Style and expression refers to choice of vocabulary, the way sentences are constructed, ideas are introduced and paragraphs are developed. Most of us can improve our style by improving our expression. Good expression is clear and direct. It facilitates rather than hinders meaning for the reader. It leaves the reader satisfied. How can you achieve this?
• Read your work aloud and listen to whether or not it makes sense.
• Check that you have you used proper sentences.
• Check whether you have used unnecessary words.
• Avoid colloquialisms, slang and contractions (i.e. use do not rather than don't).
• Check your sentence length—a long and convoluted sentence can be difficult
to understand. If the sentence reaches three lines in length, you probably
need to break the ideas into separate sentences.
Editing for spelling, grammar and punctuation
• 'Near enough' is not good enough; marks are deducted for errors in spelling,
grammar and punctuation.
• Use doubt as your guide—if something does not look or sound right, check it
in a dictionary or with a friend.
Proofreading
Proofreading is usually the final step in the editing process. The aim is to produce an error-free essay. Thus careful checking for mistakes in spelling, punctuation and typing is essential.
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Step 6: Citing sources
'If I have seen a little further it is by standing on the shoulders of giants.' (Isaac Newton) Avoiding plagiarism
Academic work builds on what has gone before and you will be using academic research as the basis for your essays. It is necessary to acknowledge the work of others when you use it. Writing academic essays always involves the citing of sources in text and the inclusion of reference lists or bibliographies.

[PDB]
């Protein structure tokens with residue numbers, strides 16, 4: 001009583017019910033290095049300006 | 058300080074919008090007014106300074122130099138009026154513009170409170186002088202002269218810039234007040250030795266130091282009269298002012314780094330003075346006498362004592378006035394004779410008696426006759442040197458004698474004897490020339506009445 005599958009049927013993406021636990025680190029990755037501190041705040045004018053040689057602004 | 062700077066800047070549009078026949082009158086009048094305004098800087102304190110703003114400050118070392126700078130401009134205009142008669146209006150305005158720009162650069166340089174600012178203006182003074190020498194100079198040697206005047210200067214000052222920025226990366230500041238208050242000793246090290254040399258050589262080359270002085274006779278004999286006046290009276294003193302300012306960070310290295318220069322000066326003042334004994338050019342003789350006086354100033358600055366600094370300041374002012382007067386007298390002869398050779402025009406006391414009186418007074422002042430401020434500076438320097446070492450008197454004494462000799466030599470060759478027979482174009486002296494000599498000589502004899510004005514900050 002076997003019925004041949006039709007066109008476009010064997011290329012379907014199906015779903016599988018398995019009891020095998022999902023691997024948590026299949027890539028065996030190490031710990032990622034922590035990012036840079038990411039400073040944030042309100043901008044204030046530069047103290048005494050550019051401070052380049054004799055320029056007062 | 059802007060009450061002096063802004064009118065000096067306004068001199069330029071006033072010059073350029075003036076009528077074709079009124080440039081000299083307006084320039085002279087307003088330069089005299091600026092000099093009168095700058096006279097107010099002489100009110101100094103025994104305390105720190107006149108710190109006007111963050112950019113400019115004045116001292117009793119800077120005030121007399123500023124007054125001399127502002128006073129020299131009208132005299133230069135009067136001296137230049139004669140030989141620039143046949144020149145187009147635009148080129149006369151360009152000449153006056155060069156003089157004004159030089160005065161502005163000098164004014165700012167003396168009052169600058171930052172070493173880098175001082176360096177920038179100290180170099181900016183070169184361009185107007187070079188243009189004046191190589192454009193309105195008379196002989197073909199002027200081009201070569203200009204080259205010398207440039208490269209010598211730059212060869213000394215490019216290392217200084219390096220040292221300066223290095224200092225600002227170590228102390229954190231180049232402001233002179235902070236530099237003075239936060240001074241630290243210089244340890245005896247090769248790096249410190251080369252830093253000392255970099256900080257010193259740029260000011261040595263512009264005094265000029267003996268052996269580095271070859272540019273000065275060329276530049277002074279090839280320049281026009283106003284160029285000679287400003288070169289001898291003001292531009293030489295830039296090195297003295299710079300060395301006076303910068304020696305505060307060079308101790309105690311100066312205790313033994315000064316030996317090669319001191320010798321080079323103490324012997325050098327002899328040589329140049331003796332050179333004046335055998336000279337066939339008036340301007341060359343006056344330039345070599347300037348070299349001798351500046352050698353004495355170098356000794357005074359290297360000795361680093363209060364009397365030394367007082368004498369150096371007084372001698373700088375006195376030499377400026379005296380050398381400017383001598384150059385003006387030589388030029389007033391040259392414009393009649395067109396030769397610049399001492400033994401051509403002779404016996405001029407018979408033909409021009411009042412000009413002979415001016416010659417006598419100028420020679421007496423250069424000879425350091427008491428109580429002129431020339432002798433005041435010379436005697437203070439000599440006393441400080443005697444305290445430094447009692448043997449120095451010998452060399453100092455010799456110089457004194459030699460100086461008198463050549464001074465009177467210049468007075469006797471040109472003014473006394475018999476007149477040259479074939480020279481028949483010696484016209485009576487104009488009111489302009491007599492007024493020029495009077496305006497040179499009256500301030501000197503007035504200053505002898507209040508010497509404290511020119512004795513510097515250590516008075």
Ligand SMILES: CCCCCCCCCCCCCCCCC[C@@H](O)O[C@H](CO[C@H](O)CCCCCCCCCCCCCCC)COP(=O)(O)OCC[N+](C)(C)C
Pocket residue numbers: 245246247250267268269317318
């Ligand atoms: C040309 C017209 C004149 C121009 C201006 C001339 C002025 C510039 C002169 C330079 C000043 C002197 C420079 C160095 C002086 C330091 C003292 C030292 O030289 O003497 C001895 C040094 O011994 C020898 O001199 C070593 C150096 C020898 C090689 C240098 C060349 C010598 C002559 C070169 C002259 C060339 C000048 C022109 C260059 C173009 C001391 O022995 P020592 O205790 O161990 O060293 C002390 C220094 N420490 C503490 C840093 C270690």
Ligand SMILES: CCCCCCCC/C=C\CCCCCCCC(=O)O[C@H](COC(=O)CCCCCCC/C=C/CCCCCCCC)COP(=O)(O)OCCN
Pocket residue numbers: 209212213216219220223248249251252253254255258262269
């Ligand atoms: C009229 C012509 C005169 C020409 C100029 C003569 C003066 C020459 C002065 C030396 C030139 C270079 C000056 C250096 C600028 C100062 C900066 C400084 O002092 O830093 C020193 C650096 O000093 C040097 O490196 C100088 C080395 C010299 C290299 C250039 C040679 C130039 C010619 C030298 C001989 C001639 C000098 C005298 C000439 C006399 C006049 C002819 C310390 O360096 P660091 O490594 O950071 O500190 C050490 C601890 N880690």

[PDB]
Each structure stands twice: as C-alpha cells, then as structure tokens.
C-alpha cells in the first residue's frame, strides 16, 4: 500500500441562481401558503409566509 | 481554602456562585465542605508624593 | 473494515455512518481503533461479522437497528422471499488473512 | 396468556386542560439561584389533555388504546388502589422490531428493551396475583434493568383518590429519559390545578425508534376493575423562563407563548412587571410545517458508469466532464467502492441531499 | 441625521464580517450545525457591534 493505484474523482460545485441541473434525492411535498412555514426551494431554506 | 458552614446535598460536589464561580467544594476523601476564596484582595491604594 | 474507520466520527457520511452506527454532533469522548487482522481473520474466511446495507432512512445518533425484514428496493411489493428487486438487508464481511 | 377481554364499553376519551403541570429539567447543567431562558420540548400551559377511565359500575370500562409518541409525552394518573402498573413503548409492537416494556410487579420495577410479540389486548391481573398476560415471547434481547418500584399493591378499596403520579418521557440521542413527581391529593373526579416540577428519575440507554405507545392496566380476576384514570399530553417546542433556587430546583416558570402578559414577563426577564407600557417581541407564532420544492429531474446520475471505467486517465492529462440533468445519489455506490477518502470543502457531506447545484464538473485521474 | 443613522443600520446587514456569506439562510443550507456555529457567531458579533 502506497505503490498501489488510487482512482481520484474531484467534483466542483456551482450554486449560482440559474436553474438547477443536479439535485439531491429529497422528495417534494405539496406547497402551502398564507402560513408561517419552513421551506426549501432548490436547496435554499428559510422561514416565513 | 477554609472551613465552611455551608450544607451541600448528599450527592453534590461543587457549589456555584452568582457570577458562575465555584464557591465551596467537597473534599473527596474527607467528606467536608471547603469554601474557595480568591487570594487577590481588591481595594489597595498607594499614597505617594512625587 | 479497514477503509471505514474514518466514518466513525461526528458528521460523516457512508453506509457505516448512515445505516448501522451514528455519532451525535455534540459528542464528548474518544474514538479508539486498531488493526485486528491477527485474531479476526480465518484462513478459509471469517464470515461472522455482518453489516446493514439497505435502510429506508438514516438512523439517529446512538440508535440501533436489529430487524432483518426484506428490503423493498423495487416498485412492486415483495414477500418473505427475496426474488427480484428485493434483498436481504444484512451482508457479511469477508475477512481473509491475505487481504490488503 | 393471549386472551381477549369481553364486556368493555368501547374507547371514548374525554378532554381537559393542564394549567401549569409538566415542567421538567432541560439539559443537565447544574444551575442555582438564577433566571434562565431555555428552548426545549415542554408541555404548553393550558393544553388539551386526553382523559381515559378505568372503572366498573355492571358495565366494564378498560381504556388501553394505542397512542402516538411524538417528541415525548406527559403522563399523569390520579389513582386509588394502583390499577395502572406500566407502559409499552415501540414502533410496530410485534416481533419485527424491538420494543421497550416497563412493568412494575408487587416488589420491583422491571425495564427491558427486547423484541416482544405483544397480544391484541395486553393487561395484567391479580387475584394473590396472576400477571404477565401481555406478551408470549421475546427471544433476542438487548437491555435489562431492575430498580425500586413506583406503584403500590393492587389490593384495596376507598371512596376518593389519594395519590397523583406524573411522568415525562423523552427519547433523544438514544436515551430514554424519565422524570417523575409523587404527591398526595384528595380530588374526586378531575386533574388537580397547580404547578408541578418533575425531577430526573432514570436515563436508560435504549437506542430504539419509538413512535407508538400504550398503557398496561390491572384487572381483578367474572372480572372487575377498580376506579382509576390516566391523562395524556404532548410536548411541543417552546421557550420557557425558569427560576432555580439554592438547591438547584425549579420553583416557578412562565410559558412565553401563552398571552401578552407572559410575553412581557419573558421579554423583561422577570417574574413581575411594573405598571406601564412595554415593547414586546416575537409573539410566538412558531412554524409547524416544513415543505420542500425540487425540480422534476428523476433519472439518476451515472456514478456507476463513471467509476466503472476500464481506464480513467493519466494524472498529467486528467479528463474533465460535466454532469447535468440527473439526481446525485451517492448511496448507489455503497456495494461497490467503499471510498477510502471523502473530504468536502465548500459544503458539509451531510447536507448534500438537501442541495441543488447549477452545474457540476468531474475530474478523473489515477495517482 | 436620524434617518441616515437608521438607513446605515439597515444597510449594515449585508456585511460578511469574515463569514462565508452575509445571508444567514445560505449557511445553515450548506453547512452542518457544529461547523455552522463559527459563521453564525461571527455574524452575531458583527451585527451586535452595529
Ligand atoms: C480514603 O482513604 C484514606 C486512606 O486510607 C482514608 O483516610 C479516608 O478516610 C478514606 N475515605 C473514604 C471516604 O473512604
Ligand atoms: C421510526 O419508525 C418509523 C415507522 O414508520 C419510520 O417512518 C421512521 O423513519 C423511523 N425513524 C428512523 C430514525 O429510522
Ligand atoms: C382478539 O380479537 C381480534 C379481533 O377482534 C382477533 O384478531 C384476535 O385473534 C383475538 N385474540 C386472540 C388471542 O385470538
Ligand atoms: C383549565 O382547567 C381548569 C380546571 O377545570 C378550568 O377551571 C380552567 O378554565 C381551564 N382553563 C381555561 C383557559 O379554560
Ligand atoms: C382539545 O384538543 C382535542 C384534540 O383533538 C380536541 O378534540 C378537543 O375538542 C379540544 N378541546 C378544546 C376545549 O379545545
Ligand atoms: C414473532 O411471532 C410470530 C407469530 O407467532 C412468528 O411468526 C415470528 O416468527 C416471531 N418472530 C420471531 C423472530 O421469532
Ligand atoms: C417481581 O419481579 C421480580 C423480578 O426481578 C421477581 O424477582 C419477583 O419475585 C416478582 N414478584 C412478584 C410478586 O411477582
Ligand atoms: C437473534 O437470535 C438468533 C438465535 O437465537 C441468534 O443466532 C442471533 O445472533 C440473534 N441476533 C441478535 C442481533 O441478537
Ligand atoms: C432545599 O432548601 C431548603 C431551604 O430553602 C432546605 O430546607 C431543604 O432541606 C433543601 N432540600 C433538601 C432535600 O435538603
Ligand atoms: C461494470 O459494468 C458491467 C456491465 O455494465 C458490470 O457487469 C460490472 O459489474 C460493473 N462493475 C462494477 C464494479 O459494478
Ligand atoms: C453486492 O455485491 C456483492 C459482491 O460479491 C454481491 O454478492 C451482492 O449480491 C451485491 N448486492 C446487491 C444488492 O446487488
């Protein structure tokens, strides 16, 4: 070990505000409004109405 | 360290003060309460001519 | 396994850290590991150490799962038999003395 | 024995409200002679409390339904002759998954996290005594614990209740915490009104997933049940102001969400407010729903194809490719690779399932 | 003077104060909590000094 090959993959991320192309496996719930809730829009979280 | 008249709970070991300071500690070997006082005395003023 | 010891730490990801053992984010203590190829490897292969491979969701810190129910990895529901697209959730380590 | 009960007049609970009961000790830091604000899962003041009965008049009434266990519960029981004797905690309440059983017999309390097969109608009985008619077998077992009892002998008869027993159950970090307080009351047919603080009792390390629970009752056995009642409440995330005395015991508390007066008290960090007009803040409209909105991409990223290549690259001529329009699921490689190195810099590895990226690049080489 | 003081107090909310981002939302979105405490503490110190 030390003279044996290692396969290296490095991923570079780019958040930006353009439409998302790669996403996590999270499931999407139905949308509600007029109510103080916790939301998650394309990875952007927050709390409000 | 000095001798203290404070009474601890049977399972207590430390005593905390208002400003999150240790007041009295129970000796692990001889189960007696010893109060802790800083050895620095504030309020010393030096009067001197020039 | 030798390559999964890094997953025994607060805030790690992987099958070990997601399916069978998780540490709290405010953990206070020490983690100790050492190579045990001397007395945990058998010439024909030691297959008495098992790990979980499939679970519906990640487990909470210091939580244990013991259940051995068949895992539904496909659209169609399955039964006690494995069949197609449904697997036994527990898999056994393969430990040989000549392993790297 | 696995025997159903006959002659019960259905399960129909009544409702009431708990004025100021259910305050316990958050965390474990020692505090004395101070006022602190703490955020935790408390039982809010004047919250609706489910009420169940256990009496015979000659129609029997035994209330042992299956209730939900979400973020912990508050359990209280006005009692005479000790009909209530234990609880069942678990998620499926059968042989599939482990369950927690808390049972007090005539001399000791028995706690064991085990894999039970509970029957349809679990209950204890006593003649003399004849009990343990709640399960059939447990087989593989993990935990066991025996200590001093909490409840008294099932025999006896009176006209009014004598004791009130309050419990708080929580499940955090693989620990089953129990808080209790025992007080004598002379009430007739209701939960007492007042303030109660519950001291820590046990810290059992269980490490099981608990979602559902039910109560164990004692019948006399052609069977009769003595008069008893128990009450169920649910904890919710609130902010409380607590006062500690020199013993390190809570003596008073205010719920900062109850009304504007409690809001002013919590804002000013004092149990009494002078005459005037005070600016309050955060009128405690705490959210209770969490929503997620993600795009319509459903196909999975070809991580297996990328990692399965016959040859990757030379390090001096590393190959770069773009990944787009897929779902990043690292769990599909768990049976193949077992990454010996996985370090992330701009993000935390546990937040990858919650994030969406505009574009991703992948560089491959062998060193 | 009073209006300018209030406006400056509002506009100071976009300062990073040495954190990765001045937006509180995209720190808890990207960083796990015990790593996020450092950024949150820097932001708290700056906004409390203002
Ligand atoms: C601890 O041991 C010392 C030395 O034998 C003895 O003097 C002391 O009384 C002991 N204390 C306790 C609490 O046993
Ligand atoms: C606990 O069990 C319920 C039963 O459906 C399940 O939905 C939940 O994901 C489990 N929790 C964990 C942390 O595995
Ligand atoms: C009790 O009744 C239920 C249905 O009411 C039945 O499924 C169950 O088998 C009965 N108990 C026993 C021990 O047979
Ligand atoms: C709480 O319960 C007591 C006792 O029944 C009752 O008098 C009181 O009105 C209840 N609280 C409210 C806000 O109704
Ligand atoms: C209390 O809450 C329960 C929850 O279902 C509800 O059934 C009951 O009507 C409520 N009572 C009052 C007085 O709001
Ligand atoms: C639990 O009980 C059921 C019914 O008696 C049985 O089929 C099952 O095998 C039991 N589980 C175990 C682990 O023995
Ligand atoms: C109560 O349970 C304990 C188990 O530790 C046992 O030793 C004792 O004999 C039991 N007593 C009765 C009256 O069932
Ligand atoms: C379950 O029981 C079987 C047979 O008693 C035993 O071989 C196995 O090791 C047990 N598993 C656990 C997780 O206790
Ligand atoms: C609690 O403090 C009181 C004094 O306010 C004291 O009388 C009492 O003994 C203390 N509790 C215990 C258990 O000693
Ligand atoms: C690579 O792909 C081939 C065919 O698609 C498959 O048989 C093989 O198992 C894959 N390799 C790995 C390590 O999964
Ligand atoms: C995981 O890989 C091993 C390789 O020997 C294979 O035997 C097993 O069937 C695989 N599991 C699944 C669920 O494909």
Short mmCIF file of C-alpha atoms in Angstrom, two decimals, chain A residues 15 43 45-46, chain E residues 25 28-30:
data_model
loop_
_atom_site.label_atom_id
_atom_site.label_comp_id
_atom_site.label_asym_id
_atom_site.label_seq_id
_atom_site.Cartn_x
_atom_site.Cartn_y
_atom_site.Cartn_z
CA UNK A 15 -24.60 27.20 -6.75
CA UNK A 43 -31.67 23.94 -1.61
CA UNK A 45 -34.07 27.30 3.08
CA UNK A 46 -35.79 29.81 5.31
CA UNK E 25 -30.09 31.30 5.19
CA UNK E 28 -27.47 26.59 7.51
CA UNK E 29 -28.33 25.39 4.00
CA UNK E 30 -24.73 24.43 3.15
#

You must acknowledge the source when you quote directly, summarise or paraphrase from the work of others. The failure to acknowledge another's work is plagiarism. It is a serious offence at university. Strict penalties apply.
Sometimes plagiarism is unintentional. Students may read for an essay and take detailed notes which find their way into the essay without a reference. To avoid this you must take great care when making notes to ensure that the sources of all your information are clear and accurate. You should aim to write in your own words and keep quotations to a minimum.
Referencing
As well as ensuring you avoid plagiarism, correct referencing:
• shows that you have read
• shows what you have read
• enables the reader to locate the sources mentioned in your paper.
At Deakin University a number of referencing systems are used:
• the APA (American Psychological Association) system
• the author-date (Harvard) system
• the documentary-note (Oxford) system
• law style
• a numbered citation style
• Vancouver style.
Details on these referencing styles can be found at .
Check your unit guide or ask your lecturer or tutor which referencing system you should use for a particular unit.
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The source http://www.deakin.edu.au/current-students/study-support/study-skills/handouts/essay.php#further_reading___14